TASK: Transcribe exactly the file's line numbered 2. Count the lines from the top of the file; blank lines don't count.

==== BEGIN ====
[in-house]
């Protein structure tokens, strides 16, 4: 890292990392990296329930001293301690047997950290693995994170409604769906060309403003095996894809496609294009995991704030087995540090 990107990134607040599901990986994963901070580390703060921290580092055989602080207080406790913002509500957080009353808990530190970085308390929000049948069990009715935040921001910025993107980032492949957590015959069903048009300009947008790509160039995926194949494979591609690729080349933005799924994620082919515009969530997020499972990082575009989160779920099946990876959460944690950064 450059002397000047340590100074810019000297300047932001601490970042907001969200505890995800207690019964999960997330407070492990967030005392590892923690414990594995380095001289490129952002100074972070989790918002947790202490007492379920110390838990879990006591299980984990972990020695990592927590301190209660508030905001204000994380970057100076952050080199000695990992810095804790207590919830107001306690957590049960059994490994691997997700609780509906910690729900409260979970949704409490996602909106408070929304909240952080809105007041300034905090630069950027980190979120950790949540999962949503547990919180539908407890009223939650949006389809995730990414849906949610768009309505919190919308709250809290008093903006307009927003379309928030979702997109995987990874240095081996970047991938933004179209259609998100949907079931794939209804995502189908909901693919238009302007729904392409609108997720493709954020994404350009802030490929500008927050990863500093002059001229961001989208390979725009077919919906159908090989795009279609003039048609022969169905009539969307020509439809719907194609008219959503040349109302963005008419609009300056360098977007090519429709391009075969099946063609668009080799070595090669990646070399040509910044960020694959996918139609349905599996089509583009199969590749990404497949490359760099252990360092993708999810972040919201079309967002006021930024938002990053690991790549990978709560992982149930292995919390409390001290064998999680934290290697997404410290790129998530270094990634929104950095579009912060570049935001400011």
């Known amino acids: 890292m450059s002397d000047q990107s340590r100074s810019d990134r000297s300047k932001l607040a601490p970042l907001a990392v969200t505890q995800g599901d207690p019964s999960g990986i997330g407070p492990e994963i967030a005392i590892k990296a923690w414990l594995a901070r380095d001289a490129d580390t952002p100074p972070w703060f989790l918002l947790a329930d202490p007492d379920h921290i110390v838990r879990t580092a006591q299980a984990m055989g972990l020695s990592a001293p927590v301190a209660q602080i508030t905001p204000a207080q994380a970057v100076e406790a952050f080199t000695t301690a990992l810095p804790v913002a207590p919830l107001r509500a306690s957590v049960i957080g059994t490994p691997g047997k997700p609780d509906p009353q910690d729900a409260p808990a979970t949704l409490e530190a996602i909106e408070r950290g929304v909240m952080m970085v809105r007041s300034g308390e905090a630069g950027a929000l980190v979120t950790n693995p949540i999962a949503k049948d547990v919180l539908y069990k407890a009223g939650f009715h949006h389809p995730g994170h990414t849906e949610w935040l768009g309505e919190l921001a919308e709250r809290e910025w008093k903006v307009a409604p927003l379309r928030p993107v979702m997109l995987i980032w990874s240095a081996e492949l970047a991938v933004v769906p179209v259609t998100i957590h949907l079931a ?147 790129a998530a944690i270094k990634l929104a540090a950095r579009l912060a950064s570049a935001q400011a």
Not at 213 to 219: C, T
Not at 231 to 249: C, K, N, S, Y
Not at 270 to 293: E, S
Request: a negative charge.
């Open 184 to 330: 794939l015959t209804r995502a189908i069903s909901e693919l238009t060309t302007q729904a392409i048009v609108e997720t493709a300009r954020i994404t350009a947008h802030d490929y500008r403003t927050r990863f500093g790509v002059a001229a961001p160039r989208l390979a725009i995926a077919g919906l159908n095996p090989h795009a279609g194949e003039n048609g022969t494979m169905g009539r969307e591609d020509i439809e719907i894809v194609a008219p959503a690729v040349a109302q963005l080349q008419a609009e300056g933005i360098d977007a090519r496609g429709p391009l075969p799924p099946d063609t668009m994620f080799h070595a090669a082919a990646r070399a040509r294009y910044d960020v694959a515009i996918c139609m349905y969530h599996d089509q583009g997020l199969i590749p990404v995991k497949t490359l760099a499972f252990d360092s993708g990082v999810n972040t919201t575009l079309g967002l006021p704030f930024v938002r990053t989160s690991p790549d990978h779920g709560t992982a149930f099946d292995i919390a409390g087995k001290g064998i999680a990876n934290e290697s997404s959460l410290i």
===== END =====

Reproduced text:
């Protein structure tokens, strides 16, 4: 890292990392990296329930001293301690047997950290693995994170409604769906060309403003095996894809496609294009995991704030087995540090 990107990134607040599901990986994963901070580390703060921290580092055989602080207080406790913002509500957080009353808990530190970085308390929000049948069990009715935040921001910025993107980032492949957590015959069903048009300009947008790509160039995926194949494979591609690729080349933005799924994620082919515009969530997020499972990082575009989160779920099946990876959460944690950064 450059002397000047340590100074810019000297300047932001601490970042907001969200505890995800207690019964999960997330407070492990967030005392590892923690414990594995380095001289490129952002100074972070989790918002947790202490007492379920110390838990879990006591299980984990972990020695990592927590301190209660508030905001204000994380970057100076952050080199000695990992810095804790207590919830107001306690957590049960059994490994691997997700609780509906910690729900409260979970949704409490996602909106408070929304909240952080809105007041300034905090630069950027980190979120950790949540999962949503547990919180539908407890009223939650949006389809995730990414849906949610768009309505919190919308709250809290008093903006307009927003379309928030979702997109995987990874240095081996970047991938933004179209259609998100949907079931794939209804995502189908909901693919238009302007729904392409609108997720493709954020994404350009802030490929500008927050990863500093002059001229961001989208390979725009077919919906159908090989795009279609003039048609022969169905009539969307020509439809719907194609008219959503040349109302963005008419609009300056360098977007090519429709391009075969099946063609668009080799070595090669990646070399040509910044960020694959996918139609349905599996089509583009199969590749990404497949490359760099252990360092993708999810972040919201079309967002006021930024938002990053690991790549990978709560992982149930292995919390409390001290064998999680934290290697997404410290790129998530270094990634929104950095579009912060570049935001400011």